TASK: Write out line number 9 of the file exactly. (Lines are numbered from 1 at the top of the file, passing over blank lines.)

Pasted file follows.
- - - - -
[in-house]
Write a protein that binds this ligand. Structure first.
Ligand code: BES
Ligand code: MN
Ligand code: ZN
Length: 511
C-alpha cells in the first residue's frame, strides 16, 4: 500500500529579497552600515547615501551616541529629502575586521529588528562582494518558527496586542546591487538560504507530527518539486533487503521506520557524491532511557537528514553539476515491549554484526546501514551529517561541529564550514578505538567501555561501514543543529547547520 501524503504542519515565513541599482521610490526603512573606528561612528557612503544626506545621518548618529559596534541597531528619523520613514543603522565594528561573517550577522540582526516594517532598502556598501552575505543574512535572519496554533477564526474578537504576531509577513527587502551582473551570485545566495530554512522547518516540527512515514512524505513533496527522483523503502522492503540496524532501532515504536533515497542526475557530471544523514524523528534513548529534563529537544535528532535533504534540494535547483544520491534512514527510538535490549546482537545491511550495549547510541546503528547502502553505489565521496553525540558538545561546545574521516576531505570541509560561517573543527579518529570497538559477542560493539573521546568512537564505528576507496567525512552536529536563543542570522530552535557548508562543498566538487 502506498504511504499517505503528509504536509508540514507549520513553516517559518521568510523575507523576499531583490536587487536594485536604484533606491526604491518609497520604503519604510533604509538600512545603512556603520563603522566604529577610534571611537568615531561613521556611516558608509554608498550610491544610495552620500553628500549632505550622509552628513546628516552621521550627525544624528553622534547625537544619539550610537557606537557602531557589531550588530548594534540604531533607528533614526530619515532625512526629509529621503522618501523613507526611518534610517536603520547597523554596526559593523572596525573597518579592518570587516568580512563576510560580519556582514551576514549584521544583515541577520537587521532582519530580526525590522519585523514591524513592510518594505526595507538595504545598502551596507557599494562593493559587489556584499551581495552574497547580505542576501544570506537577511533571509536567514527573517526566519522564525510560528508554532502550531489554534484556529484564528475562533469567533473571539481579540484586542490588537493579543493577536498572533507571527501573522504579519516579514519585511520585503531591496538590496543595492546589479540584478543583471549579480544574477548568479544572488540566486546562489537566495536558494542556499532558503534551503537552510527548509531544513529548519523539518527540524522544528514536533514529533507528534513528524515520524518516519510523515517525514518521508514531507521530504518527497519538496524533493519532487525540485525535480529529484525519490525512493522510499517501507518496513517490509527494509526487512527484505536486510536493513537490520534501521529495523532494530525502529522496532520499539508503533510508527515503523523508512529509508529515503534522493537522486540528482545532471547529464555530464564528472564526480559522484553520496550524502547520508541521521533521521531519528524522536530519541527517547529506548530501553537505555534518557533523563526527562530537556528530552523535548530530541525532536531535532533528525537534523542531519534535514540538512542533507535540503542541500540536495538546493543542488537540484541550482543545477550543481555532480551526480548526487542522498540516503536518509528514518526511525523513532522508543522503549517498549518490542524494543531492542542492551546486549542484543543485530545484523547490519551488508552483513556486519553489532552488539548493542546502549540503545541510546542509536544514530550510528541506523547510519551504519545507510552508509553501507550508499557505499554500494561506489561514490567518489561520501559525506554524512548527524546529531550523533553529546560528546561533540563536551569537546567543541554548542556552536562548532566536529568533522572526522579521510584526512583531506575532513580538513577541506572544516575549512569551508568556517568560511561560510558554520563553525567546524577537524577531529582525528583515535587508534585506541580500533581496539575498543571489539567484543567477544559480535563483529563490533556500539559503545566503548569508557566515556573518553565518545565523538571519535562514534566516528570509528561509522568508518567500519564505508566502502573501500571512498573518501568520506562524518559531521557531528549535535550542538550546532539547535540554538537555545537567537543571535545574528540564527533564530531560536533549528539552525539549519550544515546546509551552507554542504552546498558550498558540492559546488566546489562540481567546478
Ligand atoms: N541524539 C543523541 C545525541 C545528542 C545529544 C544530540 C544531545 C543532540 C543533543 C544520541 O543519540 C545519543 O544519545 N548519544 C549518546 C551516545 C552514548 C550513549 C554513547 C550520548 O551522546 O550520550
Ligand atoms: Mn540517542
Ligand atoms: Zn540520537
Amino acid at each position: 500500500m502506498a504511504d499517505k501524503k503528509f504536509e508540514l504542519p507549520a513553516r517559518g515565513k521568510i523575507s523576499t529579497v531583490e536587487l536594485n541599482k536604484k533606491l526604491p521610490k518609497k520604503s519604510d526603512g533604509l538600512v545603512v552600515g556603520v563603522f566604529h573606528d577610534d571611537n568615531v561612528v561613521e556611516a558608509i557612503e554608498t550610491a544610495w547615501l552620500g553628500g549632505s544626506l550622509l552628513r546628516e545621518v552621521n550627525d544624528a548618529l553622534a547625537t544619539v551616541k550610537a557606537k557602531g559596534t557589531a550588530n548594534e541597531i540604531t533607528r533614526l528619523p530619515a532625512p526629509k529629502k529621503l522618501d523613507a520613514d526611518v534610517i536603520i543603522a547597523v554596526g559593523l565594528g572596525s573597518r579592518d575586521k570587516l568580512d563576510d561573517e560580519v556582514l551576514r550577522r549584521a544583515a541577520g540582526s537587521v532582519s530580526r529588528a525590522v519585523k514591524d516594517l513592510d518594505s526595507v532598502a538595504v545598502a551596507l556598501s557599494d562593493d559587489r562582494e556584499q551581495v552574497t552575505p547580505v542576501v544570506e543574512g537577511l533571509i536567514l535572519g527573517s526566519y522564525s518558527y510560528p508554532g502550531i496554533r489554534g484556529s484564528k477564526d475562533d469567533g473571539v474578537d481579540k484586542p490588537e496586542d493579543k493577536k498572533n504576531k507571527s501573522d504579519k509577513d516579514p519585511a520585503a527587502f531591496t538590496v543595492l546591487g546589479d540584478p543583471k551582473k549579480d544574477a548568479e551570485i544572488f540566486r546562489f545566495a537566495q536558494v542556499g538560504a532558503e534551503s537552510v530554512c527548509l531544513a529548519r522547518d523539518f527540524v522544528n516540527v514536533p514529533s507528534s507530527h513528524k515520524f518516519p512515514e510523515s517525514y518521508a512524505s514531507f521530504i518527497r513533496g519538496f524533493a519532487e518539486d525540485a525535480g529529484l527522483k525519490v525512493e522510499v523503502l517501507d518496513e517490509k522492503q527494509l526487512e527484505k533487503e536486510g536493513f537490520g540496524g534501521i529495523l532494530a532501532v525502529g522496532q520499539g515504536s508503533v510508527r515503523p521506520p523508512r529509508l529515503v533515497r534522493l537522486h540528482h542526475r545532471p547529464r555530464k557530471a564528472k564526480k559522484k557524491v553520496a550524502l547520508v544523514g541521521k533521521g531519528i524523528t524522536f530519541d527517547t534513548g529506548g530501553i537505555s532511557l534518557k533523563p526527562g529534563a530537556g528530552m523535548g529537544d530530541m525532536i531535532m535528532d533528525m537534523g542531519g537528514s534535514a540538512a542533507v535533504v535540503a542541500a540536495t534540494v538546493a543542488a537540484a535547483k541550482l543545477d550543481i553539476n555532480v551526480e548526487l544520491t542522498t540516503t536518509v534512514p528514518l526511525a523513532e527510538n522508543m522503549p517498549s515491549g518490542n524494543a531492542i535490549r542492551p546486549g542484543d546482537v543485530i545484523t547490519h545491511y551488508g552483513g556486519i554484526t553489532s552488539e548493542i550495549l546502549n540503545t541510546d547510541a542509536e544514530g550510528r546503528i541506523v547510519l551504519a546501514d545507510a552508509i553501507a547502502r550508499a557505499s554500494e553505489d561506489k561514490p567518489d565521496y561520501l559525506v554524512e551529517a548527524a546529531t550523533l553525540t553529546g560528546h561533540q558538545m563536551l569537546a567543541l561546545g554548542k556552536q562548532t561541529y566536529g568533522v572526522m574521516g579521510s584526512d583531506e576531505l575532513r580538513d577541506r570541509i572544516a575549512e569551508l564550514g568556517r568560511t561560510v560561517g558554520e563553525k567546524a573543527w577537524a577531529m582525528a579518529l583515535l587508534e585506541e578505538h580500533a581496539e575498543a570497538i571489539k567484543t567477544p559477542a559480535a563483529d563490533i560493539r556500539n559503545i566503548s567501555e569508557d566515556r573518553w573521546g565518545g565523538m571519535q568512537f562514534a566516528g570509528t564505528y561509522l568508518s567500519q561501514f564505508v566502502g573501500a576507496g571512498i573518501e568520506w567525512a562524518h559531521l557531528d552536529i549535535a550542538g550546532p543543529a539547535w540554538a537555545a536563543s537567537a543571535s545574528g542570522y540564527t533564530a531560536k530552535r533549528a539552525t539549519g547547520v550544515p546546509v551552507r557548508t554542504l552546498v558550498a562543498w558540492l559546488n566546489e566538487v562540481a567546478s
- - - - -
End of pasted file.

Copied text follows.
Ligand atoms: Mn540517542